Imagine the infinite vastness of space around you. Then imagine the thought of being there, yet confined within limited space, in a constant lack of gravity, as you eat canned food and then strap yourself to sleep. All those hardships for a little peek from a tiny window, from where you can see the Earth in all its glory. And then someone tells you that a live feed of that view can also be enjoyed on YouTube.

Being a resident on the International Space Station can be boring. But then there are times when they get to go out on a little picnic, dressed in their bloated suits. Shane Kimbrough and Flight Engineer Peggy Whitson of NASA will do just that, as they will perform a spacewalk on Jan. 6, for a ‘complex’ upgrade to the orbital outpost’s power system.  The spacewalk will allow the crew members to install adapter plates and hook up electrical connections on the right side truss of the space station for six new lithium-ion batteries delivered to the orbital laboratory earlier this month.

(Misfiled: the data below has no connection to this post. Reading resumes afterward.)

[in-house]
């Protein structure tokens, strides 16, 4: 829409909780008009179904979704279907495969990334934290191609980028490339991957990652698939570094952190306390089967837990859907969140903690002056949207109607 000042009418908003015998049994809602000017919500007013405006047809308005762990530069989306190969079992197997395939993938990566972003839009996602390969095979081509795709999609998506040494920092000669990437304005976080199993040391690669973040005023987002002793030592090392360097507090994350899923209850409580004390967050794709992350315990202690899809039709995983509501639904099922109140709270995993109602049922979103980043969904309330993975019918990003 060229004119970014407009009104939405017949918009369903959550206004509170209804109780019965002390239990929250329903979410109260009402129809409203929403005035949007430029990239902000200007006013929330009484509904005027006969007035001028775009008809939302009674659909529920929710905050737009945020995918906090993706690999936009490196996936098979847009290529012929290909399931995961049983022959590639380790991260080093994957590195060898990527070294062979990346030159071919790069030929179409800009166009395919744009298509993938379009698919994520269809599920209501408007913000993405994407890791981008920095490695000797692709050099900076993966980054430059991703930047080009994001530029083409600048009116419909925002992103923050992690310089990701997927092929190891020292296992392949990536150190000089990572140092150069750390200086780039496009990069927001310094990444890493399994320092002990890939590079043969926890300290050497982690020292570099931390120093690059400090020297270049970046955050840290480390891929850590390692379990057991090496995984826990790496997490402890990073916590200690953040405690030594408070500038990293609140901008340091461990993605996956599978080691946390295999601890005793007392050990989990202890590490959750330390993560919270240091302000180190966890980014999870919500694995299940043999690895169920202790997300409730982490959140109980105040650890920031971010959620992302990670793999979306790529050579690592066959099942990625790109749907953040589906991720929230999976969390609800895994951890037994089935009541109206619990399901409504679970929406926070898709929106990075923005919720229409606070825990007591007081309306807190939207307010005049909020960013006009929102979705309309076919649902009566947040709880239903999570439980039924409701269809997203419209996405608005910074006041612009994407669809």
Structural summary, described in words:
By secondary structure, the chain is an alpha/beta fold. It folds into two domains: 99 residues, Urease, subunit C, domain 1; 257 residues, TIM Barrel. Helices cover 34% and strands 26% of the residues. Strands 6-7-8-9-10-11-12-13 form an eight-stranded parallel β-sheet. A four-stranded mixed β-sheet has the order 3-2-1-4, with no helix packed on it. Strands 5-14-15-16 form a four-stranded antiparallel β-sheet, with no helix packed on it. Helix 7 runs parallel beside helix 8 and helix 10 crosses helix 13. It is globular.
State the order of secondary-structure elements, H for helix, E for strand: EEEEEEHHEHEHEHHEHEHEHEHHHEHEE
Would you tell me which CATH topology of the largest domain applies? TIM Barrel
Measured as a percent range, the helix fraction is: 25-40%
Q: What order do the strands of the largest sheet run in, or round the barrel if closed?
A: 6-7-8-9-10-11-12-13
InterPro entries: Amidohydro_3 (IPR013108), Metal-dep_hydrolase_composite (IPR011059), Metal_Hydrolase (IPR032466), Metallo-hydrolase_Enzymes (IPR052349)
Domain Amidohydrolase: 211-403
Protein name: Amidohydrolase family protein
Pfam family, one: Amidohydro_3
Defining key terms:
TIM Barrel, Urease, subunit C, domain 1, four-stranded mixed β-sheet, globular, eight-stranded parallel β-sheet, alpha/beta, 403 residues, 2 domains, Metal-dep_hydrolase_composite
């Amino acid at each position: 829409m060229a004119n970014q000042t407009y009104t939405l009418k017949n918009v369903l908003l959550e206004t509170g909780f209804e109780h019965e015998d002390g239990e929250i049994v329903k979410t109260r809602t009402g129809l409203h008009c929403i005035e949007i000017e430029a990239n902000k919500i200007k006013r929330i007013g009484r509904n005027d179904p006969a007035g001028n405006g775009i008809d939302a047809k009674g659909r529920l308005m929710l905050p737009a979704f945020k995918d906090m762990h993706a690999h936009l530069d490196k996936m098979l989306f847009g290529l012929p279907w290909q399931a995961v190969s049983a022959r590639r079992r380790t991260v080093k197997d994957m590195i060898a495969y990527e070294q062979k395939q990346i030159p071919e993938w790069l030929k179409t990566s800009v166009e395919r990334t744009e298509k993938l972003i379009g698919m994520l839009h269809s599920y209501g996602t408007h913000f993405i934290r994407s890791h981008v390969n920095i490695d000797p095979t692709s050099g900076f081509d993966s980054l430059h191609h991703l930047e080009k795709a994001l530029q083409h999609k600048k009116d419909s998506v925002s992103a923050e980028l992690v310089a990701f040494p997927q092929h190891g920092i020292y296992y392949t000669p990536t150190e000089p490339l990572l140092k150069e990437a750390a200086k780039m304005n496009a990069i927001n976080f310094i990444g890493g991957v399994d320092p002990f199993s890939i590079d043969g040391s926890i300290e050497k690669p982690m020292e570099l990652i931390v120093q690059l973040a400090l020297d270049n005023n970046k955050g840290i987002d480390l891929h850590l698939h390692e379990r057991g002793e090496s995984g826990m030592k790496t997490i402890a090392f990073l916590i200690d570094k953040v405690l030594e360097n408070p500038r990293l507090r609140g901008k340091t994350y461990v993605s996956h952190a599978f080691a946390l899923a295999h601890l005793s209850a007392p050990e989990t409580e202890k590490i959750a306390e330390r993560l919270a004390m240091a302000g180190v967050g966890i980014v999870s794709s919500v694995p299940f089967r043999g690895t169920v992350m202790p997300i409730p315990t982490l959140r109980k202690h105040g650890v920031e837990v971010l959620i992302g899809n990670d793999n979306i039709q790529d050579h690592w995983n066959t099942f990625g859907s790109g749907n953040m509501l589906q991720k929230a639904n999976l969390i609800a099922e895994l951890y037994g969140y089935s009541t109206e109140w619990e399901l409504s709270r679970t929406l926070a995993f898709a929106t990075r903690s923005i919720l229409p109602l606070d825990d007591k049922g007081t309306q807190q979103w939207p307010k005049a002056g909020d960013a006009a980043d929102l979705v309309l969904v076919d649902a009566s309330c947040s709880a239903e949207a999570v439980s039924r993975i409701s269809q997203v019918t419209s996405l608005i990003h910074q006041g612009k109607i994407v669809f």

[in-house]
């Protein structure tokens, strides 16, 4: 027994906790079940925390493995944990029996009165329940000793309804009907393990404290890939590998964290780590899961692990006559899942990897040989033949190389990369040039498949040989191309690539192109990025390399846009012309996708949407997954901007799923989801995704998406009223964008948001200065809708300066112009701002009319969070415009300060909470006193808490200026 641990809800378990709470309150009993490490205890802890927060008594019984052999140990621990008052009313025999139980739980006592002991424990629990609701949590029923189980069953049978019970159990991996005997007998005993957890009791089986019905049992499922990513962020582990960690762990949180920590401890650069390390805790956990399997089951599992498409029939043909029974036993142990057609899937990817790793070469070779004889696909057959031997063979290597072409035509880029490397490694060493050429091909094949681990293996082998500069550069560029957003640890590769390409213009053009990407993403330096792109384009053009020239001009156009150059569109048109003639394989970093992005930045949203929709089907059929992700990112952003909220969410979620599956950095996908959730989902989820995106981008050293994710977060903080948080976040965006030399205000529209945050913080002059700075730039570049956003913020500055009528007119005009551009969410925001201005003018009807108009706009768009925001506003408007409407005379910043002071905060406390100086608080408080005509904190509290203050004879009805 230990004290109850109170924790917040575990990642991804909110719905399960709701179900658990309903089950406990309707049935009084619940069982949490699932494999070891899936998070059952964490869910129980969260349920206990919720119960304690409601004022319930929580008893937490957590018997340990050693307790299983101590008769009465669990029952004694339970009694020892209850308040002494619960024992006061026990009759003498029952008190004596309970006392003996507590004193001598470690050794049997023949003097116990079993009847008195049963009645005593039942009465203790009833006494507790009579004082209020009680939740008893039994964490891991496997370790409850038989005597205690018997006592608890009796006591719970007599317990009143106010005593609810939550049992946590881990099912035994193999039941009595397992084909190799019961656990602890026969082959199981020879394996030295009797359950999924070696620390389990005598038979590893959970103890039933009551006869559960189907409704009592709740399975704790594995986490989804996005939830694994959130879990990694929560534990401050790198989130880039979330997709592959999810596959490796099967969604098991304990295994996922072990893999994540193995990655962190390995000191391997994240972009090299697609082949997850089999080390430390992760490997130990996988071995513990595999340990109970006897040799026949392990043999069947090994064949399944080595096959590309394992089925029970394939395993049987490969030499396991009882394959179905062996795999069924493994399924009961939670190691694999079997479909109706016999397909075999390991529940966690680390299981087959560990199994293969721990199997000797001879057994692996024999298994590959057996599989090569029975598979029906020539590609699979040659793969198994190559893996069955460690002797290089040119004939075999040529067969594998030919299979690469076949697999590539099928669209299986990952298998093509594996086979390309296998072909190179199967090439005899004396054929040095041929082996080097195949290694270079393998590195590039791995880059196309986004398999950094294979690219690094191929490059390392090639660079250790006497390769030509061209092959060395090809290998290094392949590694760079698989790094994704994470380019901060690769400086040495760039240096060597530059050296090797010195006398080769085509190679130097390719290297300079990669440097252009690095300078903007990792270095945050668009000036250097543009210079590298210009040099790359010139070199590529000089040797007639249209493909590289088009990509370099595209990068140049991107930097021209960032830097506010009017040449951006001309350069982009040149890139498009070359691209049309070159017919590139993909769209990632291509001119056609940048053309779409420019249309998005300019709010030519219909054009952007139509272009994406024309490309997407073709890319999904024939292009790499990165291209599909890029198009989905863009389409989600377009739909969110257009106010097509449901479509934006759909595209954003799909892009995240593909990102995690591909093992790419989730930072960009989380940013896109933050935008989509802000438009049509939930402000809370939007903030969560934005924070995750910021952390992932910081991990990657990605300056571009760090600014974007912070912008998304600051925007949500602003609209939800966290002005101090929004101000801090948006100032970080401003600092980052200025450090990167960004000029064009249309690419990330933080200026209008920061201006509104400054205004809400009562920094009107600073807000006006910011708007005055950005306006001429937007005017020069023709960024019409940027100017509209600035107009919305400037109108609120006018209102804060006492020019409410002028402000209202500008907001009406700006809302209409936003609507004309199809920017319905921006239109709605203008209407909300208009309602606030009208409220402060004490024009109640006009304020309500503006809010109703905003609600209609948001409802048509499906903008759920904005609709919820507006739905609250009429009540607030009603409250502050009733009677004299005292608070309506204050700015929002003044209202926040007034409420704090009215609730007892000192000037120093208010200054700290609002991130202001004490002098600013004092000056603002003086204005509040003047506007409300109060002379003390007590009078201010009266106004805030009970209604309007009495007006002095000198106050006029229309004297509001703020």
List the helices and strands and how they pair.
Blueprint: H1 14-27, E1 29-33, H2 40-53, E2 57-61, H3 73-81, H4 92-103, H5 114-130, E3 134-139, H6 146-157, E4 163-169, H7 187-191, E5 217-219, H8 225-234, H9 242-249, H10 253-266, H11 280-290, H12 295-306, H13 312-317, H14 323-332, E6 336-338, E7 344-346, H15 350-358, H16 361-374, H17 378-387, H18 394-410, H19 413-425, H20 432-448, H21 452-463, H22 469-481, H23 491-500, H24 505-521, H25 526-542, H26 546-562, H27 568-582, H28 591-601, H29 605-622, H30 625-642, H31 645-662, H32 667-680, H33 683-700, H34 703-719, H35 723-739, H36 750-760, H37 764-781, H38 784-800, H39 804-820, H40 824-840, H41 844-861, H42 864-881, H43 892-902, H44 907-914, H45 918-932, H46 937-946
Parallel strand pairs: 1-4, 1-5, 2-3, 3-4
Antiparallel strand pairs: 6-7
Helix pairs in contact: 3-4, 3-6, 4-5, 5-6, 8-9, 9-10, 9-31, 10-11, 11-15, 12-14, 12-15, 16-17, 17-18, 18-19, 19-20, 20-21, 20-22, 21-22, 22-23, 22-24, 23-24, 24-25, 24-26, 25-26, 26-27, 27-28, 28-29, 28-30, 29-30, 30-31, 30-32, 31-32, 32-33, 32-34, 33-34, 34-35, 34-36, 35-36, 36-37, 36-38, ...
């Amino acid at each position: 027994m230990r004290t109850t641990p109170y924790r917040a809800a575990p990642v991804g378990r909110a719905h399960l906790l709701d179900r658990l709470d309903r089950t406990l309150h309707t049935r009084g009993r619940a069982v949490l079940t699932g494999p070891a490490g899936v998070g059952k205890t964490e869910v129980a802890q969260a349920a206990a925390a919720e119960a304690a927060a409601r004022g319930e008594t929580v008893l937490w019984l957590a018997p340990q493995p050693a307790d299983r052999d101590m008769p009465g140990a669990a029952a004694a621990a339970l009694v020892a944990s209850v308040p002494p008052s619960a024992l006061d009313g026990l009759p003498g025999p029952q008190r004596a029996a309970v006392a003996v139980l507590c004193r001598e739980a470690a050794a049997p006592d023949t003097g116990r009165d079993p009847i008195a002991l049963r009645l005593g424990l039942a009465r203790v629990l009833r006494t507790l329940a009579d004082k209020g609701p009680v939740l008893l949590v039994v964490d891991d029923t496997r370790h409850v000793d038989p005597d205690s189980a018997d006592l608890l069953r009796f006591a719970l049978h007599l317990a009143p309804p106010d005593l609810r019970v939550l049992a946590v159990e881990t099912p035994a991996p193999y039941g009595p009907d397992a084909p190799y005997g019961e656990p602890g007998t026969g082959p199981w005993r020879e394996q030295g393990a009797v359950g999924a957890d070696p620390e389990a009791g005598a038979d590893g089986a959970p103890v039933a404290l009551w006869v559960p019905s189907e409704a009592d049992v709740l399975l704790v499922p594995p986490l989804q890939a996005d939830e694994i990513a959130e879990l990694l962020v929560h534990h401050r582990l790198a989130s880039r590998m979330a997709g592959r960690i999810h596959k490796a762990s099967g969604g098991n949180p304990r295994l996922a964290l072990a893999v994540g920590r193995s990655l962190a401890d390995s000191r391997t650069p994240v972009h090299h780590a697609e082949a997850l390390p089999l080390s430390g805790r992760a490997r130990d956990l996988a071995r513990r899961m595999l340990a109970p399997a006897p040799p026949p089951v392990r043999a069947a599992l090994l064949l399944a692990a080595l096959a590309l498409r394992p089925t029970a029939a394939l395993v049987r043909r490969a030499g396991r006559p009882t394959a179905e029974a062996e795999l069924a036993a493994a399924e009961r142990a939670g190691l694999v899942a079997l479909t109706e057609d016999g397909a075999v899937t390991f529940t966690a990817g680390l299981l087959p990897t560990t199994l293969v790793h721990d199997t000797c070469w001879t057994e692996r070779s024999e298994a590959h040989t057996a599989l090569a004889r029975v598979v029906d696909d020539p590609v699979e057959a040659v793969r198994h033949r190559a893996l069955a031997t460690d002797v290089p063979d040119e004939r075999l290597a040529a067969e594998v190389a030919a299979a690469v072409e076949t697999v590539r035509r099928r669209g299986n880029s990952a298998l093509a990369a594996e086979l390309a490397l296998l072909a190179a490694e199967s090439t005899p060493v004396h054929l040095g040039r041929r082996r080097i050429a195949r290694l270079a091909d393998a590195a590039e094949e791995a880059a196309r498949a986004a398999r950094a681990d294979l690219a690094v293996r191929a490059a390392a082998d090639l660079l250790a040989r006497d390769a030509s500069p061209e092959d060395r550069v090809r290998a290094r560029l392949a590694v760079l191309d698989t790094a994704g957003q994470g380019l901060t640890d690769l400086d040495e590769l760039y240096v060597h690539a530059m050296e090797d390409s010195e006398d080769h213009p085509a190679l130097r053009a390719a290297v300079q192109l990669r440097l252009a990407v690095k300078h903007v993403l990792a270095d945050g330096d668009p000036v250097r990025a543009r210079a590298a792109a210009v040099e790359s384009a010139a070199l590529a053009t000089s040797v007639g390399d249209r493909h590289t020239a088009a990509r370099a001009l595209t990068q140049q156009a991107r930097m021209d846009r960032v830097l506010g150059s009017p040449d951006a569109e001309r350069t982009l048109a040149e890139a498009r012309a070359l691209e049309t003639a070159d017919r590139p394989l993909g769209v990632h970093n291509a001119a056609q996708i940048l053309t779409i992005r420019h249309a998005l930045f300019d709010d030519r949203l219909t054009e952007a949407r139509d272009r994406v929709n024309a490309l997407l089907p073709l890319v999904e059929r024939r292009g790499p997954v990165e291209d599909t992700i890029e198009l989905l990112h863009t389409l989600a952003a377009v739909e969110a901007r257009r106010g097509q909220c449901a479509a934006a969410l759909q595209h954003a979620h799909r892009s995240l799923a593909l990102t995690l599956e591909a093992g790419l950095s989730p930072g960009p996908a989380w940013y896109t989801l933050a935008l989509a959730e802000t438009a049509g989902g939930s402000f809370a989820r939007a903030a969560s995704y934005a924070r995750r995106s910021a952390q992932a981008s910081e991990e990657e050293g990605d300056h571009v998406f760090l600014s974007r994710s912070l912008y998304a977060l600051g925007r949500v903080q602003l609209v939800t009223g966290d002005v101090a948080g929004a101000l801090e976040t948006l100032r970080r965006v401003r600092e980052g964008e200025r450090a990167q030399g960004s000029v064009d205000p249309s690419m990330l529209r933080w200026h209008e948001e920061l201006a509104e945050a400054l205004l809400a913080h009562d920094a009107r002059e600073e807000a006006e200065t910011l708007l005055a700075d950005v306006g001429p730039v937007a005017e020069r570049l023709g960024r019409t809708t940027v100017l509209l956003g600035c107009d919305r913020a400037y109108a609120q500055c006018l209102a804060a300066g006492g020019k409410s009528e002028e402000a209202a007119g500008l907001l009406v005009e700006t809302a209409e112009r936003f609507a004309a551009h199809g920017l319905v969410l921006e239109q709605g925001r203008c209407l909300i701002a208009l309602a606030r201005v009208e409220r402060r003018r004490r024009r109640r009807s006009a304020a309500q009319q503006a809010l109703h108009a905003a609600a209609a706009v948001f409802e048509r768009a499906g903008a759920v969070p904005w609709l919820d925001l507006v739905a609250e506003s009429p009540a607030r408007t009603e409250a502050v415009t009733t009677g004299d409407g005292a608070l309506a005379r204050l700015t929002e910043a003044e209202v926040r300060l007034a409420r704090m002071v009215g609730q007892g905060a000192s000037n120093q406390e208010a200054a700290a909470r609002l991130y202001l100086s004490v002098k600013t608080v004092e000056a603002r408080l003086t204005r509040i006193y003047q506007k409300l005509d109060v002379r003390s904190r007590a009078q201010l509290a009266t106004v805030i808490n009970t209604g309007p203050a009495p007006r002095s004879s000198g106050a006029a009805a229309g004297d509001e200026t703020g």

Since the upgrade will happen in two stages, Kimbrough will step out again on Jan. 13, while Peggy will stay indoors and will be replaced by Thomas Pesquet from the European Space Agency. Prior to each spacewalk, new batteries will be extracted from a pallet to replace 12 older nickel-hydrogen batteries through a series of robotic operations. While nine of the older batteries will be stowed in a cargo resupply craft for later disposal, three will remain on the station’s truss, disconnected from the power grid.